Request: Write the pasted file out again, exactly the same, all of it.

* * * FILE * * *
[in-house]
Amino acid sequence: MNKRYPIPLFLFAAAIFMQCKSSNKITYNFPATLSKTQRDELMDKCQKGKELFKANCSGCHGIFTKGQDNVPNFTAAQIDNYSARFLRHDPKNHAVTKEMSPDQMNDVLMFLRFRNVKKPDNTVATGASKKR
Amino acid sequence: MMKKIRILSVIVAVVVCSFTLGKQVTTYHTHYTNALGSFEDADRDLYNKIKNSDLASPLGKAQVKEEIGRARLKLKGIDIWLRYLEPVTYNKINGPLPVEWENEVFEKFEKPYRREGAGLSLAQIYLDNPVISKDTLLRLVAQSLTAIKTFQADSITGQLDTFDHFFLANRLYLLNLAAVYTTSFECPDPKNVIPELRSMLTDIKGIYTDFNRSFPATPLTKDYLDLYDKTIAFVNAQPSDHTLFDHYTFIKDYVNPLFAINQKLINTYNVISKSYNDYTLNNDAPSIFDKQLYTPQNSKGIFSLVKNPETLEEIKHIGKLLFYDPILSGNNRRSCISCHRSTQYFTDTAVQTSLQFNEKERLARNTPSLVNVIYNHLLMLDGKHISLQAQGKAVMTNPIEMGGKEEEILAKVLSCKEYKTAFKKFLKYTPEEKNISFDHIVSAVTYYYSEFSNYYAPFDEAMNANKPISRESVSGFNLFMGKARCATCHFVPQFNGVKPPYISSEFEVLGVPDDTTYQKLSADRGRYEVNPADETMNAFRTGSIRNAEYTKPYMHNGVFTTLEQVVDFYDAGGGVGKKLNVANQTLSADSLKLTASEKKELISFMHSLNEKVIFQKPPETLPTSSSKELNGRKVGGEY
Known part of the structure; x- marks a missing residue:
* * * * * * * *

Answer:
[in-house]
Amino acid sequence: MNKRYPIPLFLFAAAIFMQCKSSNKITYNFPATLSKTQRDELMDKCQKGKELFKANCSGCHGIFTKGQDNVPNFTAAQIDNYSARFLRHDPKNHAVTKEMSPDQMNDVLMFLRFRNVKKPDNTVATGASKKR
Amino acid sequence: MMKKIRILSVIVAVVVCSFTLGKQVTTYHTHYTNALGSFEDADRDLYNKIKNSDLASPLGKAQVKEEIGRARLKLKGIDIWLRYLEPVTYNKINGPLPVEWENEVFEKFEKPYRREGAGLSLAQIYLDNPVISKDTLLRLVAQSLTAIKTFQADSITGQLDTFDHFFLANRLYLLNLAAVYTTSFECPDPKNVIPELRSMLTDIKGIYTDFNRSFPATPLTKDYLDLYDKTIAFVNAQPSDHTLFDHYTFIKDYVNPLFAINQKLINTYNVISKSYNDYTLNNDAPSIFDKQLYTPQNSKGIFSLVKNPETLEEIKHIGKLLFYDPILSGNNRRSCISCHRSTQYFTDTAVQTSLQFNEKERLARNTPSLVNVIYNHLLMLDGKHISLQAQGKAVMTNPIEMGGKEEEILAKVLSCKEYKTAFKKFLKYTPEEKNISFDHIVSAVTYYYSEFSNYYAPFDEAMNANKPISRESVSGFNLFMGKARCATCHFVPQFNGVKPPYISSEFEVLGVPDDTTYQKLSADRGRYEVNPADETMNAFRTGSIRNAEYTKPYMHNGVFTTLEQVVDFYDAGGGVGKKLNVANQTLSADSLKLTASEKKELISFMHSLNEKVIFQKPPETLPTSSSKELNGRKVGGEY
Known part of the structure; x- marks a missing residue: